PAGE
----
Writings on Christianity


Reading God’s Word and books that help us behold the truths of God’s word is an experience that leads a Christian to behold God in our hearts. I remember reading through AW Pink’s “Attributes of God” and marveling at who God is and what He is like. I found the same thing by examining different parts of His person and works as I read through Wayne Grudem’s “Systematic Theology” (and many other wonderful books that are biblical and help us see and behold the truth of who God is in our hearts and with our minds).

I believe that in our preaching we are seeing truths of who God is from our text, and then we are taking our congregation along with us to see, behold, and delight in God with us. I remember hearing Tim Keller say this in one his lectures on preaching, and the more I preach the more I see how insightful this is.

During the week, and daily, our hearts drift to behold and think of other glories. We behold the glory of our accomplishments, the glory of things of this world, the glory of a relationship, the glory of earthly wisdom, etc. If we are not careful, and if we are not intentional, these glories can sneak in and take the place where only God is meant to dwell, on the throne of our hearts and lives.

Thus, in our preaching we show that the glory of God is infinitely more glorious than any earthly glory. As we behold the glory of God—a glory that is objectively glorious—what happens is this more glorious reality pushes out the vain glories of this world. Puritan writer Thomas Chalmers called this the “EXPULSIVE power of a new affection.” He argues that only by the greater and stronger power of a new affection—the affection of knowing and enjoying the eternal and glorious God—can we have victory over weaker and ungodly affections. Only by seeing in our hearts that God infinitely more glorious and worthy of our hearts and lives will we be able to willingly and joyfully forsake our sin and sinful desires and patterns of in our lives.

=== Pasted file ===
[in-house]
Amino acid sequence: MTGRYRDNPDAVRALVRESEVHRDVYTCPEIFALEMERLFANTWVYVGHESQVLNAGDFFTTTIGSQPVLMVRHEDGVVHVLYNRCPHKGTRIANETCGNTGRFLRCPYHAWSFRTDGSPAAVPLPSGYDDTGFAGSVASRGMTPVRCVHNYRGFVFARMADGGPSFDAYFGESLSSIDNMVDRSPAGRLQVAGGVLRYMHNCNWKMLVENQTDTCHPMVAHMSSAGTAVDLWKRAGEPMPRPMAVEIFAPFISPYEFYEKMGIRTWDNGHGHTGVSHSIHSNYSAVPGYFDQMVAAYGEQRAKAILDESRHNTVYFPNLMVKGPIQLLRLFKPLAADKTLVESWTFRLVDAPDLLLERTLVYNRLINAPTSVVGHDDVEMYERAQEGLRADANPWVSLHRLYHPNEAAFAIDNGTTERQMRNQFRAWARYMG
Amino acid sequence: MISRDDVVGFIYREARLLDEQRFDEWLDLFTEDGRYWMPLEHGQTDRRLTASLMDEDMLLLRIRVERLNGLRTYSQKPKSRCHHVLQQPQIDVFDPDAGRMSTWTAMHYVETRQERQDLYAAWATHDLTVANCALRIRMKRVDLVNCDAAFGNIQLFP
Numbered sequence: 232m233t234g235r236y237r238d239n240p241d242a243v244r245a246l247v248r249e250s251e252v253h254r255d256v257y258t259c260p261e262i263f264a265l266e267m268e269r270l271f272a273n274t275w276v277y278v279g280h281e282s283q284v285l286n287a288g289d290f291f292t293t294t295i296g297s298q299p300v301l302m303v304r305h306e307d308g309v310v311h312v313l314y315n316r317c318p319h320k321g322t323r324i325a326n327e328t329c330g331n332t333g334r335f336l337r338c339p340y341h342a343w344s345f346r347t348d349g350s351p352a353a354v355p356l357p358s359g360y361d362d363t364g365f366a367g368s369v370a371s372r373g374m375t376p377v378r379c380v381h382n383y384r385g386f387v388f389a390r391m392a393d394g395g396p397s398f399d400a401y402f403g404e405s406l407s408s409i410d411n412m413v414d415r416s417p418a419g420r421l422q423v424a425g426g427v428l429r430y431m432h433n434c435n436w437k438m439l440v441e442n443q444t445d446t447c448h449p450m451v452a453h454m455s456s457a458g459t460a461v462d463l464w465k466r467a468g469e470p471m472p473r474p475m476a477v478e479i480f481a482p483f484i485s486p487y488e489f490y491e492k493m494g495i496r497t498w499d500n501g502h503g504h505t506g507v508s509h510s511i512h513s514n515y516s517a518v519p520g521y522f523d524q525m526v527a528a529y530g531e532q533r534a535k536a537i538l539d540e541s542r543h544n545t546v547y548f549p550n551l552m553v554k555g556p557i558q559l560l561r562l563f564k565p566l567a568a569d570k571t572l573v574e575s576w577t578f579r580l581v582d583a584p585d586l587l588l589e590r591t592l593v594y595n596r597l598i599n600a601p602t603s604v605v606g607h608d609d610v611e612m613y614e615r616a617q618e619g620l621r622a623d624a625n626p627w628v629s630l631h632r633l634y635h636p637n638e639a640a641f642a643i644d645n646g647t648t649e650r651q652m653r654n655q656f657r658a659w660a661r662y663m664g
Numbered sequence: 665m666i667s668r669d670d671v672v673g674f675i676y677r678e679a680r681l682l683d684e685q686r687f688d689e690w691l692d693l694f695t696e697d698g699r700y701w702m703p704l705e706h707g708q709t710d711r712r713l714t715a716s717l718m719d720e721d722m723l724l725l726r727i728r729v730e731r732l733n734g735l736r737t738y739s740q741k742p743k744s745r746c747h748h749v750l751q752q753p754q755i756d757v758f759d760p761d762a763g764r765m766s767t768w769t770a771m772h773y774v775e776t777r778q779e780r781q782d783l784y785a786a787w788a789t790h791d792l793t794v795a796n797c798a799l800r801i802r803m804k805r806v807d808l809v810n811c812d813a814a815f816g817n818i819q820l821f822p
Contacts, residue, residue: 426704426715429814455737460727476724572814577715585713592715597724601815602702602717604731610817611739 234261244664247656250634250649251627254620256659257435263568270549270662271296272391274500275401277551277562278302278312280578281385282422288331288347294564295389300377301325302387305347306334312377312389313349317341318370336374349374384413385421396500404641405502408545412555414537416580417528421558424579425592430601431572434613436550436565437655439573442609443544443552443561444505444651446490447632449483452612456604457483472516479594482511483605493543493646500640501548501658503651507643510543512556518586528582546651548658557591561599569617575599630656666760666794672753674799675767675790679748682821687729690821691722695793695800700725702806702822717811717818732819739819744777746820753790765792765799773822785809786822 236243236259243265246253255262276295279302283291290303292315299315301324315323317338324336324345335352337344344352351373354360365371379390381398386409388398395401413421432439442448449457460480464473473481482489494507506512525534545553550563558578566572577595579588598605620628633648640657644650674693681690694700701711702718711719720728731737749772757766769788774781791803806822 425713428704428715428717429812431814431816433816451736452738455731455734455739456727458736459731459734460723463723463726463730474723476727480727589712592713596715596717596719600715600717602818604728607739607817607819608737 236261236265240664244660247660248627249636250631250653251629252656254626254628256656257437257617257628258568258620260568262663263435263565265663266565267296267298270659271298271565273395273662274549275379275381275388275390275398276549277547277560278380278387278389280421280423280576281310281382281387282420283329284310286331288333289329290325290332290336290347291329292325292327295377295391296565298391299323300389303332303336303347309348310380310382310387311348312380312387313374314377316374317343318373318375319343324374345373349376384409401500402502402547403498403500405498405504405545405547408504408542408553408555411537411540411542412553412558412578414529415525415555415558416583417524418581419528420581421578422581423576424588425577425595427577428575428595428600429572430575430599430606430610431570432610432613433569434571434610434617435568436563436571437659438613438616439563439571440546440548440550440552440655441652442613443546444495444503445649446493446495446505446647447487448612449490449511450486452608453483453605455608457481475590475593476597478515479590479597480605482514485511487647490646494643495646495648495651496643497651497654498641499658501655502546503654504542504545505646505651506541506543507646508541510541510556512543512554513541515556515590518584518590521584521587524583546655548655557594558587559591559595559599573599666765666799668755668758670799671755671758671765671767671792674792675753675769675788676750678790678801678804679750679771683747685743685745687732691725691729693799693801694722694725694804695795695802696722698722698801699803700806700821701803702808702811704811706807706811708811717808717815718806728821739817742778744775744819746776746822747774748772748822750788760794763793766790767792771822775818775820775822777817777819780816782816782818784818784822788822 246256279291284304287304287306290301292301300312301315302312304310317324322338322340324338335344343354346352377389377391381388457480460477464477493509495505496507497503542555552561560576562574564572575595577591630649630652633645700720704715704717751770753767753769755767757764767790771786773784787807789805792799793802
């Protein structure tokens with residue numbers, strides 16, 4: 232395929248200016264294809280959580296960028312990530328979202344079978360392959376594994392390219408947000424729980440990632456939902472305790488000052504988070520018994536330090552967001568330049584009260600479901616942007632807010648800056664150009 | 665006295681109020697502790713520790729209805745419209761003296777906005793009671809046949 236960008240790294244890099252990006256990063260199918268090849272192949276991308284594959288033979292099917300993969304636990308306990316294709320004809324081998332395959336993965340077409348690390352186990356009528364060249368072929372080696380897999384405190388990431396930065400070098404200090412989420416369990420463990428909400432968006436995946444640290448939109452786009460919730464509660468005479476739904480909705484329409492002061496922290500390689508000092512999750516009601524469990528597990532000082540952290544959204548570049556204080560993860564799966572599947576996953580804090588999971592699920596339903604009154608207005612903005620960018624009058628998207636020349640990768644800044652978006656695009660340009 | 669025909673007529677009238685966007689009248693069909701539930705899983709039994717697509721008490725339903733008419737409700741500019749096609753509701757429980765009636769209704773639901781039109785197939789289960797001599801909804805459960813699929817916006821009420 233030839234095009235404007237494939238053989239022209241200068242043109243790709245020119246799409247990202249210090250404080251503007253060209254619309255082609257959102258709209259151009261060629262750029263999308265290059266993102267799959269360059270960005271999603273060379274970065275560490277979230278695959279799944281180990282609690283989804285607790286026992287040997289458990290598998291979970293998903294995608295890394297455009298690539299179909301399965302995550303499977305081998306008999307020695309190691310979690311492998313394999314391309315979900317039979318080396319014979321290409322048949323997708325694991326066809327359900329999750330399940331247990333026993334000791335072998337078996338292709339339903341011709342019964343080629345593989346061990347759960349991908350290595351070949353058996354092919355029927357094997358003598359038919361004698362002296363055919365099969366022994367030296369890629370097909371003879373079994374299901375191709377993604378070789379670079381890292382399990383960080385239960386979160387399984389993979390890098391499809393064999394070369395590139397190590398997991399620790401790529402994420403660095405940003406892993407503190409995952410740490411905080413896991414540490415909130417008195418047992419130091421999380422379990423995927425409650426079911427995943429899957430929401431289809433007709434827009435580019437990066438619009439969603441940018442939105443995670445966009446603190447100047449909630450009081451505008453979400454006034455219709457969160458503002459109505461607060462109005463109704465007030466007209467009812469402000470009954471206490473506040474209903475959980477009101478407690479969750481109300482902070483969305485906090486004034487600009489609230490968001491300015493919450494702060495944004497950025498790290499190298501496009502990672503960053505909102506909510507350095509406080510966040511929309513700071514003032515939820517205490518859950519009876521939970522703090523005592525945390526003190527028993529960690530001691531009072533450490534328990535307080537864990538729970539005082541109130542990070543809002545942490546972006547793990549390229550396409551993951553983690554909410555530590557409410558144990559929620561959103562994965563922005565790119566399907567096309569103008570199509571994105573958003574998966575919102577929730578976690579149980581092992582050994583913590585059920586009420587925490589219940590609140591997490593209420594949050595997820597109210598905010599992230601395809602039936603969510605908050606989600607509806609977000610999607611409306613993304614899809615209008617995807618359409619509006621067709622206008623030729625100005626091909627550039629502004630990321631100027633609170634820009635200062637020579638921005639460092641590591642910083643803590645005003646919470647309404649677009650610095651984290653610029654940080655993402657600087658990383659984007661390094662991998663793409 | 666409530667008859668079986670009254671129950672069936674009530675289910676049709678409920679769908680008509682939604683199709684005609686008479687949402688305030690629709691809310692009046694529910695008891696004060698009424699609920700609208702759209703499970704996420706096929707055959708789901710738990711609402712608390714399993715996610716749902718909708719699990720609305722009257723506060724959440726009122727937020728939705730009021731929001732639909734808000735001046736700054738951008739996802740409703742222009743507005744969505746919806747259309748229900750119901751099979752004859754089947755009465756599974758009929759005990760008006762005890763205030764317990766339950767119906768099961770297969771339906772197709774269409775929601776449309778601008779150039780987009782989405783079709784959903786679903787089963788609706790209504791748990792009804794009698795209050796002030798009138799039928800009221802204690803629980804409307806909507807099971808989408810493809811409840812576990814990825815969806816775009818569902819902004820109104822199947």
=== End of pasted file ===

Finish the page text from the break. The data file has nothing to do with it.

By Tom Schmidt

Christian, husband of Rach, Church Planter,musician,


Came to your site looking at that 4th verse of Hark, the Herald Angels sing. It’s my favorite. Makes a lot of sense when considering Christ’s active obedience & fulfillment of covenant of works. Also, I have read Chalmer’s sermon several times and agree wholeheartedly! We do need to pursue this greater affection! Thanks, Mike

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